The PC needs to find out what to do. This is one of your example scenarios: you get lost and need to find the way. This matches something you can find out with observe a situation: "What's my best way through this?" PCs may also need to understand NPC motivations (read a person) or analyze elements of a mystery (investigate) in order to take action.

In cases where the PCs need to find out what to do, it can often make sense to require them to act under pressure to do it once they find out. Like disarming a trap - if the trap doesn't have an obvious way to disarm it, observing a situation and asking "What should I be on the lookout for?" or "What is being hidden from me?" can provide that information. But if the trap is itself a source of pressure, even when they know how it's done PCs can still need to act under pressure to actually pull it off.


It's worth considering the context of coolness.

From p7 of core.

Coolness measures the player character’s cool. A cool character is good at stealth, theft, and other situations demanding quick decisions under stress.

The focus is stealthy acts, and remaining cool under pressure while you solve things with an agile mind. It isn't on generally succeeding at all situations where you are under pressure.

Before making a roll a coolness one, consider if this is the sort of thing a thief would do in their core role, and do well. If not, it's not coolness.

So, yes to picking a lock. Classic thief move. Yes to disarming a trap, thieves have to disarm traps in their path, no to perceiving a path, that would be perceptiveness, finding the way isn't a stealth thing.

This would be my list of common acts which fall under coolness- assassinations, stealing stuff, sneaking around, disarming traps, using lies to persuade people, parkour, and sleight of hand.

You could make a similar list for any stat. Insight say, might include emotionally destroying people, finding out secrets from people, picking the safest path based on the people, healing trauma, navigating a complex social situation to find a person, and cold reading.

Reason would be being right about facts, finding monster weaknesses, finding out secrets from books, investigating a location to find the safest route, identifying where someone is from, detecting forensic information.

Each stat will have things they're good and bad at.

Criteria to make it not a coolness move.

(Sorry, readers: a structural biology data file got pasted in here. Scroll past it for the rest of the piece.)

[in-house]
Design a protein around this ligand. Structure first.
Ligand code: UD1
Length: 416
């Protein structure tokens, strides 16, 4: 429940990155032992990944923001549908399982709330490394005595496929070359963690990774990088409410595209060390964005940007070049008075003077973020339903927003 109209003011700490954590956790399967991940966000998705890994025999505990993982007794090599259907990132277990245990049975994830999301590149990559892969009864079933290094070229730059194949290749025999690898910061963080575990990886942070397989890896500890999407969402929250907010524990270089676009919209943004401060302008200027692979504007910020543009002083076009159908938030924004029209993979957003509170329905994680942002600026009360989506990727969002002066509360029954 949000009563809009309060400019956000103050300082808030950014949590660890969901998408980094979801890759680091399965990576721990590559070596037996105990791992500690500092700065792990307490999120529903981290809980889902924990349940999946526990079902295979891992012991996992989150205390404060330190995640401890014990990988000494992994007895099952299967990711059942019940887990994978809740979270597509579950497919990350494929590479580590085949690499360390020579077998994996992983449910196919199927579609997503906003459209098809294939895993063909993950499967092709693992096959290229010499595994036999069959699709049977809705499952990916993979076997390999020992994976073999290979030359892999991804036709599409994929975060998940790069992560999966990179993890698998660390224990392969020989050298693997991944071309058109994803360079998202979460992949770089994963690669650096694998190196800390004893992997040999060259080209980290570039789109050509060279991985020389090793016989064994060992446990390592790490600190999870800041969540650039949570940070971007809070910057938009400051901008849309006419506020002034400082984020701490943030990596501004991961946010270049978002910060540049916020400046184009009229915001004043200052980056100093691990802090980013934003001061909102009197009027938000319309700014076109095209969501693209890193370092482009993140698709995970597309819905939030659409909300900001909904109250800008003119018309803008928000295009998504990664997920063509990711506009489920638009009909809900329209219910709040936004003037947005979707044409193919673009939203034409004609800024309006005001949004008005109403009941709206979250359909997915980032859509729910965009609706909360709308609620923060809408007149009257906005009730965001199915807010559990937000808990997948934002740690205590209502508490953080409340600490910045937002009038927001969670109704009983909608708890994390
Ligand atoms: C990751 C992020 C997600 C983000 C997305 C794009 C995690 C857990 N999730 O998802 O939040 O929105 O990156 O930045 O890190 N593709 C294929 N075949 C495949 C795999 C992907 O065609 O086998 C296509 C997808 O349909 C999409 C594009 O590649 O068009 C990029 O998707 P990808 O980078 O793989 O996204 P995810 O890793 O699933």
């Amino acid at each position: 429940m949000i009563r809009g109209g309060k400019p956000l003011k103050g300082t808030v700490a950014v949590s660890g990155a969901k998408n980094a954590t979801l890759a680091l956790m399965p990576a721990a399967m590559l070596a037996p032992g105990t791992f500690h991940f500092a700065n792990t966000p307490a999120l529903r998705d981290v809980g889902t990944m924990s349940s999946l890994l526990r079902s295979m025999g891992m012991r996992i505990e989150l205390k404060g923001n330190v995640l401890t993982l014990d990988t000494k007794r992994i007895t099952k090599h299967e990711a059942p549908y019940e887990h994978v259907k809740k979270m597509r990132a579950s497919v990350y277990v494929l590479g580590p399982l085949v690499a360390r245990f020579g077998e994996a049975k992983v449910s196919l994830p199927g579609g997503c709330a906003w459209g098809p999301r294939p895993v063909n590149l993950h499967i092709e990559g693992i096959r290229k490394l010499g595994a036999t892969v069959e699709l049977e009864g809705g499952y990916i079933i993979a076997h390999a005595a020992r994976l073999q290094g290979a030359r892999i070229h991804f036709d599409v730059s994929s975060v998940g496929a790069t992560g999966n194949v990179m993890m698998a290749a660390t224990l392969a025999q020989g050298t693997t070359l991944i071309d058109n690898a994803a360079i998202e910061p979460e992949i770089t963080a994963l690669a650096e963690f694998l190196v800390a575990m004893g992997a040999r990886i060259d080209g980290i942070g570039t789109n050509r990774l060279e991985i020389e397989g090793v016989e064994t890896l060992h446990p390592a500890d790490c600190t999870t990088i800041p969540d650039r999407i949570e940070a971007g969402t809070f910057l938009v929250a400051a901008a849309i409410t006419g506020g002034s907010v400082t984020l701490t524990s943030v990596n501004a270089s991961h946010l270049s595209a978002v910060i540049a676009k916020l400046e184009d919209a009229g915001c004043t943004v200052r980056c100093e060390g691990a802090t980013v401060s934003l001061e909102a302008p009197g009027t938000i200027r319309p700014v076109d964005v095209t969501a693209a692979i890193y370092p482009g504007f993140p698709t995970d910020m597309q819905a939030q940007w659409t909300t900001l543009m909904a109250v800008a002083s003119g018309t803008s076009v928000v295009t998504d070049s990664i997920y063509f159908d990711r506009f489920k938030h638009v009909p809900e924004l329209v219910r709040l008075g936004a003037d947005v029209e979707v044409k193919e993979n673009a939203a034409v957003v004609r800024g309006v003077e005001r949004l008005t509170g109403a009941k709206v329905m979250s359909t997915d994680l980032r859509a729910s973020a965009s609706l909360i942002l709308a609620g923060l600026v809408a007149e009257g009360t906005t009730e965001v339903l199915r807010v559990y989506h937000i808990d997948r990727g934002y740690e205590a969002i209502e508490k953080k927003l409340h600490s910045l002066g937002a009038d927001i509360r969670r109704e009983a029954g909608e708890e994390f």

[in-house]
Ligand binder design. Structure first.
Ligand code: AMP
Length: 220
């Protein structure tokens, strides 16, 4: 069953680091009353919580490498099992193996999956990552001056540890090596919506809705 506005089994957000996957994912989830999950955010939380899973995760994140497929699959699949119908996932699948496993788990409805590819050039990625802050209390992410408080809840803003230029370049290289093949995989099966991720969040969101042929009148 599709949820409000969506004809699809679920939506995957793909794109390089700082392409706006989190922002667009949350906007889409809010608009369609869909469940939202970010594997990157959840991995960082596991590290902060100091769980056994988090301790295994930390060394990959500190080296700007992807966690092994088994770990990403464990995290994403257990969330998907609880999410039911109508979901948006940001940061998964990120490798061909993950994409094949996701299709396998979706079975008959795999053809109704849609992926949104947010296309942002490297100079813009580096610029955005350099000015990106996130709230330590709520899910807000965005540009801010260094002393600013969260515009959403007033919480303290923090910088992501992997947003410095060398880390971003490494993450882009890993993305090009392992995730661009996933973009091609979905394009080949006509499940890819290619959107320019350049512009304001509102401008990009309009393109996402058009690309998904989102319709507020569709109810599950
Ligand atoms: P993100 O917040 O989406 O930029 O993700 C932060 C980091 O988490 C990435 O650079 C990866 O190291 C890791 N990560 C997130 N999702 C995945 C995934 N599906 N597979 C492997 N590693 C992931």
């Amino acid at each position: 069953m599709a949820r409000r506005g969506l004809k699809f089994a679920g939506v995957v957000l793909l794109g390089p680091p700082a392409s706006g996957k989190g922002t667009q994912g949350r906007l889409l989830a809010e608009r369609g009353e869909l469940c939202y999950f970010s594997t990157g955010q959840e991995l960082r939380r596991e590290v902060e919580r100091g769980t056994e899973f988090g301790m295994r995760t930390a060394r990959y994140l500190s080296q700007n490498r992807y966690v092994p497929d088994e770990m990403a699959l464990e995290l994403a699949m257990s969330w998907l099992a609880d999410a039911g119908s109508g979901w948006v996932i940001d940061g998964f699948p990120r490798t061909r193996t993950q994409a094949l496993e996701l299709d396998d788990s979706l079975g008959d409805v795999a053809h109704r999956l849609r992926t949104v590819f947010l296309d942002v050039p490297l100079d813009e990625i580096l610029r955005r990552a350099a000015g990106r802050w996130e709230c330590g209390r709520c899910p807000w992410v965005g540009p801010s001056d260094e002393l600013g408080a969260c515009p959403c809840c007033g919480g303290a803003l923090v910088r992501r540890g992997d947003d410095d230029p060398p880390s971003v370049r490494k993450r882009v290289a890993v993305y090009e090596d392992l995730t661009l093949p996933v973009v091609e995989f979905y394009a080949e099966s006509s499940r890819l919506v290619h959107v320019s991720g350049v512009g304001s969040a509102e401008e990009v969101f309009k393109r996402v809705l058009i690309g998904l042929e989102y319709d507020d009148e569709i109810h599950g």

Does it require specialized knowledge? It's probably reason.

Does it require reading other people? It's probably insight.

Does it require excellent knowledge of the environment? It's probably perception.

Does it require hurting others skillfully? It's probably violence.

Does it require persuading others to do things? It's probably charisma.

While many acts include aspects of acting under pressure, they primarily include other things.

  • \$\begingroup\$ "Coolness measures the character’s grace under pressure. A Cool PC is good at stealth, theft, and other situations demanding quick decisions under stress." The examples are about classic rogue actions, yes, but the description literally says "situations demanding quick decisions under stress". Healing wounds is explicitly a coolness move if I remember correctly... \$\endgroup\$
    – raven
    Jun 3, 2021 at 8:31
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    \$\begingroup\$ Healing wounds is a reason move, see battlefield medicine. Remaining cool under pressure isn't the main thing that helps you heal people, logic, facts and reason are. Consider, is calm, slow action the main thing that helps people succeed? If not, it's not coolness. \$\endgroup\$
    – Nepene Nep
    Jun 3, 2021 at 8:53
  • \$\begingroup\$ Sorry, you're right. I was thinking of first aid for stabilizing wounds which according to the core rules are a Coolness roll "if the PC is working under time pressure, in distracting surroundings, or dealing with immediate threats". This is what makes it too broad an attribute for me: it covers anything that is made "under pressure or in a risky situation" which I think is very, very broad. \$\endgroup\$
    – raven
    Jun 3, 2021 at 14:41
  • \$\begingroup\$ In short, my issue is that "situations demanding quick decisions under stress" could arguably cover mostly any interesting roll. Maybe I should go with your suggestion, find what attribute feels right for me in each skill test, and ignore that part of RAW. \$\endgroup\$
    – raven
    Jun 3, 2021 at 14:49
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    \$\begingroup\$ I added extra criteria to help. It's worth thinking what the prime driver of a situation is- almost every situation benefits from several attributes. If you can't perceive, you can' act. Gut instinct could cover everything. Reason can solve many problems. Some situations need more of one characteristic than most. First aid doesn't need a stat unless you are in a dangerous situation- the coolness may include using stealth and rogue skills to evade detection from the local horror. \$\endgroup\$
    – Nepene Nep
    Jun 3, 2021 at 18:18